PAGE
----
An opinion by an Assistant City Attorney two years ago made it illegal to tell the public when an information independent review board found MPD officers had engaged in misconduct, according to a story in the
University of Minnesota's student newspaper.

The information can only be released if an officer is disciplined by the department, explained Lee Reid, manager of the Minneapolis Civilian Police Review Authority board. That does not often happen, according to the story. Police have alleged in the past that this is because the independent board's decisions are often not well-founded.

Two years ago, the Minneapolis Civilian Police Review Authority, an independent body charged with investigating citizen complaints of police misconduct, held a meeting. Here's what happened, according to Andrew Mannix of MN Daily:

About halfway through, then-Assistant City Attorney Lisa Needham explained the contents of an inter-office memo she sent out earlier that day: Her office had reinterpreted state data laws. As of that day the Authority could no longer release to the public that they sustained a complaint, meaning they sent it off to the police chief with a recommendation for discipline.

Some Authority members protested the ruling, alleging that it was made under pressure from the Minneapolis Police Federation.

Current and former members say the inability to release this information to the public severely cripples the Authority's ability to perform effective civilian oversight of Minneapolis police.

Twenty-one months after the meeting , a community watchdog group led by a University of Minnesota employee sued the city for violating state data laws . A Hennepin County judge ruled on the case earlier this month, siding mostly with the city, and an appeal is in the works.

Last year, a citizen group filed a lawsuit over the ruling, but the judge agreed with the city attorney. The case has been appealed.

A Death by Police Electrocution Ruled Homicide In Texas

By Eddie G.Griffin, BASG

Wednesday, May 06, 2009

On May 4, 2009, the Fort Worth chapters of the Southern Leadership Conference (SCLC), the League of United Latin American Citizens (LULAC), and the community-based Carver Heights East Association, convened a joint press conference and prayer vigil outside City Hall for the families of Michael Jacobs, Jr., Noah Lopez, and Carolyn Daniels.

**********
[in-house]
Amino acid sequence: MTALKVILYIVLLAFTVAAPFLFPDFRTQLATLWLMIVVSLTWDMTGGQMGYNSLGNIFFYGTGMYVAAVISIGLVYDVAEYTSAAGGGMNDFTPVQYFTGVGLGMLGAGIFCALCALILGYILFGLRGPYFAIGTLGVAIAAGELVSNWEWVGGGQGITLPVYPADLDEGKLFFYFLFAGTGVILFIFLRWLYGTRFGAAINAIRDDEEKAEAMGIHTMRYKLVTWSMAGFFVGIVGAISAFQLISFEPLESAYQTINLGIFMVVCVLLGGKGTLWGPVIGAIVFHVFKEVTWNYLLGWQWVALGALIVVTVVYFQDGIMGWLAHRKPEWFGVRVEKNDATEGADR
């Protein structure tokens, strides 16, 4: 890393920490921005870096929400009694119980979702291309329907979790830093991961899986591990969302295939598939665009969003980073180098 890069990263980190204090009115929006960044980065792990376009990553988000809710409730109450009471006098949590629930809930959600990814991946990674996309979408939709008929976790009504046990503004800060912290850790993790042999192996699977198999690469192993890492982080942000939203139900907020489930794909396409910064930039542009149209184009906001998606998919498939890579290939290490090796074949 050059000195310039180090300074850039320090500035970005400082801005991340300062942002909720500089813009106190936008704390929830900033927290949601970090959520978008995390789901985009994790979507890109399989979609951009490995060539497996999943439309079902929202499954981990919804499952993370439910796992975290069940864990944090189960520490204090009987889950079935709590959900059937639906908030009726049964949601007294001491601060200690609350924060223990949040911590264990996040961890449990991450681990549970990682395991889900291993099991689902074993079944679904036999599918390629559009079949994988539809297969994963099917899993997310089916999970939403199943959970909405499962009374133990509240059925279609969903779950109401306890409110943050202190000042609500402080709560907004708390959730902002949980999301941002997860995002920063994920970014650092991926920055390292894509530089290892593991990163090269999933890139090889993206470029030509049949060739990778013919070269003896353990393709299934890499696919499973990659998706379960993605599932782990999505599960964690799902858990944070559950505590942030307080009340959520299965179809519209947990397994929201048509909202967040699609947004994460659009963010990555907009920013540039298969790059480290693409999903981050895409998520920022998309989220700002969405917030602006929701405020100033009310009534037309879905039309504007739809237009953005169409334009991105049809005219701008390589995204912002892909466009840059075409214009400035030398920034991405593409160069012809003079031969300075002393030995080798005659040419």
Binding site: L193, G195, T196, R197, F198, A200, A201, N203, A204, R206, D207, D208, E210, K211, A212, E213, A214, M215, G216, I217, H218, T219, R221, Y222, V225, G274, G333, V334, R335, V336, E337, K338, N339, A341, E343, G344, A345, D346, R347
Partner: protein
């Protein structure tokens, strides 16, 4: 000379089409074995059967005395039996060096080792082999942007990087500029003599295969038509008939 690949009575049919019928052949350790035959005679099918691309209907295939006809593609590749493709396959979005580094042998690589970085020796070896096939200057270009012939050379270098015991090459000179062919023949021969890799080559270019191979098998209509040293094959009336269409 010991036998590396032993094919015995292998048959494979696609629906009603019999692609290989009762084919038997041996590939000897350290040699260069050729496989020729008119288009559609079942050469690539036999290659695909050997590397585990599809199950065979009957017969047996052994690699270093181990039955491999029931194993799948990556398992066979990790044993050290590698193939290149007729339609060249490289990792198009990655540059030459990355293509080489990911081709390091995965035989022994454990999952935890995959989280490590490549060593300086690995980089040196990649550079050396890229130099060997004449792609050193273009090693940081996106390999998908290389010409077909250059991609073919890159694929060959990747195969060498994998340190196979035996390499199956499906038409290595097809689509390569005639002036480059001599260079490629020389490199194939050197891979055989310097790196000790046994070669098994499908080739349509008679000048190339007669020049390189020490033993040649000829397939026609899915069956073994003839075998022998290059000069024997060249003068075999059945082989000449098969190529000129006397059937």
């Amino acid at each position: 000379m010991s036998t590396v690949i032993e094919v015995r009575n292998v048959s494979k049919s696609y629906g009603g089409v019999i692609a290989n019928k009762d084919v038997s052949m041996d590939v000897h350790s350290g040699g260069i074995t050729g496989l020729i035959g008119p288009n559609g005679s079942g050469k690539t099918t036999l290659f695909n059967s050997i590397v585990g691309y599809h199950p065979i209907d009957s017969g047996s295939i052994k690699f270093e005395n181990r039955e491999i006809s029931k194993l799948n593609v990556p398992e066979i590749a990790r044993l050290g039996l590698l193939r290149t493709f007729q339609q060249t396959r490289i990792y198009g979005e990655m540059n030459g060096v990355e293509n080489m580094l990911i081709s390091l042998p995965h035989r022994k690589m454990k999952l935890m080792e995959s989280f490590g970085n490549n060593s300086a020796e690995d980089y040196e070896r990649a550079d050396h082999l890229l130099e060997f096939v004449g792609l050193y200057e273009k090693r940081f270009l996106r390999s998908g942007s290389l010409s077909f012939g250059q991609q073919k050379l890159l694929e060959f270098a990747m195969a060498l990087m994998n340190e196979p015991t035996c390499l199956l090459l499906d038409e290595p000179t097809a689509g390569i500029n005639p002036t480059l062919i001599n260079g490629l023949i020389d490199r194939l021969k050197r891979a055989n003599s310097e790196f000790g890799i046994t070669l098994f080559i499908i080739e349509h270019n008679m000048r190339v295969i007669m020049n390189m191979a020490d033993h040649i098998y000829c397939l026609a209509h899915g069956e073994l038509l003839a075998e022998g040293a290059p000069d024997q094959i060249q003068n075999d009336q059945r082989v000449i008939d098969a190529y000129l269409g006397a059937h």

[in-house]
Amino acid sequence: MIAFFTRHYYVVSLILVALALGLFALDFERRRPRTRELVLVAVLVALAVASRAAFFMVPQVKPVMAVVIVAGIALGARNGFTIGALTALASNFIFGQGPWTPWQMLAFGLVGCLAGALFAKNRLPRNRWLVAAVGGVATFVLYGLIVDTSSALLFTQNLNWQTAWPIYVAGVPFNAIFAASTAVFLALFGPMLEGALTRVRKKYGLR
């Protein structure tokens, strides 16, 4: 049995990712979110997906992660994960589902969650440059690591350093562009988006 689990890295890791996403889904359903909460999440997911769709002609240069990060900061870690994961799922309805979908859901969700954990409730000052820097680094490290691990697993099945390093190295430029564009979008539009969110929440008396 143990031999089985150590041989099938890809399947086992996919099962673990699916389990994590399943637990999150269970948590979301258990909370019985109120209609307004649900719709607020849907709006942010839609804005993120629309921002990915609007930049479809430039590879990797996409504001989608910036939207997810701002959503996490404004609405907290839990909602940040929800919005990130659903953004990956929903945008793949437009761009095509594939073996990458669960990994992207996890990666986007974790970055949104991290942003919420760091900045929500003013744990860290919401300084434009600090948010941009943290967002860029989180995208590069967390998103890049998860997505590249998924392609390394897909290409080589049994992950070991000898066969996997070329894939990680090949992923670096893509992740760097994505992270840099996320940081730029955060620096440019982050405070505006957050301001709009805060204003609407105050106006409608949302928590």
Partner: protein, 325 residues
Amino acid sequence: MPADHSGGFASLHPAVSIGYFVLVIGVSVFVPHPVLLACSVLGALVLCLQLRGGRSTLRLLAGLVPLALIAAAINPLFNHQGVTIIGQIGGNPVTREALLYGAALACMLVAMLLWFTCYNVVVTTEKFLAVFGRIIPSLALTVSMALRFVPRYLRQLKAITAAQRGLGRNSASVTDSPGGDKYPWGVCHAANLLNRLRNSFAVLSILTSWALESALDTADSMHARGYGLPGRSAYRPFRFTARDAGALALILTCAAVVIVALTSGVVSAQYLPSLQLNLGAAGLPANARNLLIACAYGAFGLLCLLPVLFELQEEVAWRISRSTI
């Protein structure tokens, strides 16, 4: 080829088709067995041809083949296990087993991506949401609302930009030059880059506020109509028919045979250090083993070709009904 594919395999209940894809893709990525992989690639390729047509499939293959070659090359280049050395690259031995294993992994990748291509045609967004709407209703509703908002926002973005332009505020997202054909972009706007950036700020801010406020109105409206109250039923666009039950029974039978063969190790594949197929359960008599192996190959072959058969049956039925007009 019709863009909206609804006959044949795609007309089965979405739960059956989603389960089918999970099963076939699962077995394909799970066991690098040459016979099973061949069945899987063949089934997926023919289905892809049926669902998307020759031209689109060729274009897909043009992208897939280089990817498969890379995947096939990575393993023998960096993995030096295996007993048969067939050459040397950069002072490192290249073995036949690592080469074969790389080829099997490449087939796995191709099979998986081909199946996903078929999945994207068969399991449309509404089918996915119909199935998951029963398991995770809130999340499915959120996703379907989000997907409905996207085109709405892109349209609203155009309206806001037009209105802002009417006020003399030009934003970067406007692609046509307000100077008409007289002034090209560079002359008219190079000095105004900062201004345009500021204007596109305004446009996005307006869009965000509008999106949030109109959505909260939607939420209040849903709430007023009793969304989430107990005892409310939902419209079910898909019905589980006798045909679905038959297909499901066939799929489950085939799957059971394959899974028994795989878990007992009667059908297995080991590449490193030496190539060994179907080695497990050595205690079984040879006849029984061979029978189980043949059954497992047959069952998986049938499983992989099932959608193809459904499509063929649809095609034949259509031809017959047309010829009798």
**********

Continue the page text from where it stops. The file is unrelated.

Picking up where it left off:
These families were interviewed by WFAA New 8 TV. (See
Prayers for end to Taser use by police, reference

Friday, August 28, 2009

World Renowned Medical Examiner Ruled Taser Death: Homicide

UPDATE: The Michael Jacobs Case

Friday, August 28, 2009

The Fort Worth Star-Telegram reports reads: “
Fort Worth Taser Death Ruled Homicide”.

FORT WORTH — The Tarrant County medical examiner ruled Thursday that the death of a mentally ill man in April who was shocked twice by a Taser stun gun wielded by a Fort Worth police officer was a homicide.

It was the fourth time that a person shocked by a Taser has died in Fort Worth police custody since the department started using the devices in 2001, according to the Police Department.

But the death of Michael Patrick Jacobs Jr., 24, is the first that Medical Examiner Nizam Peerwani has ruled to be a homicide.

Read more of this article by Eddie Griffin (BASG) at

Tuesday, September 15, 2009

2008 Crime Statistics Reported

Even without having looked at them, I suspect 2008 crime statistics will show an increase in "hate" (envy, low self-esteem, jealousy, fear, auto-homophobia, self-loathing and self-hate) crimes.

The US DOJ and FBI released their Unified Crime Reporting “Crime in the United States” 2008 statistics on Monday so it seems like I have to update the comparison data I use to determine how US general population crime rates stack up against law enforcement crime rates as determined by our NPMSRP.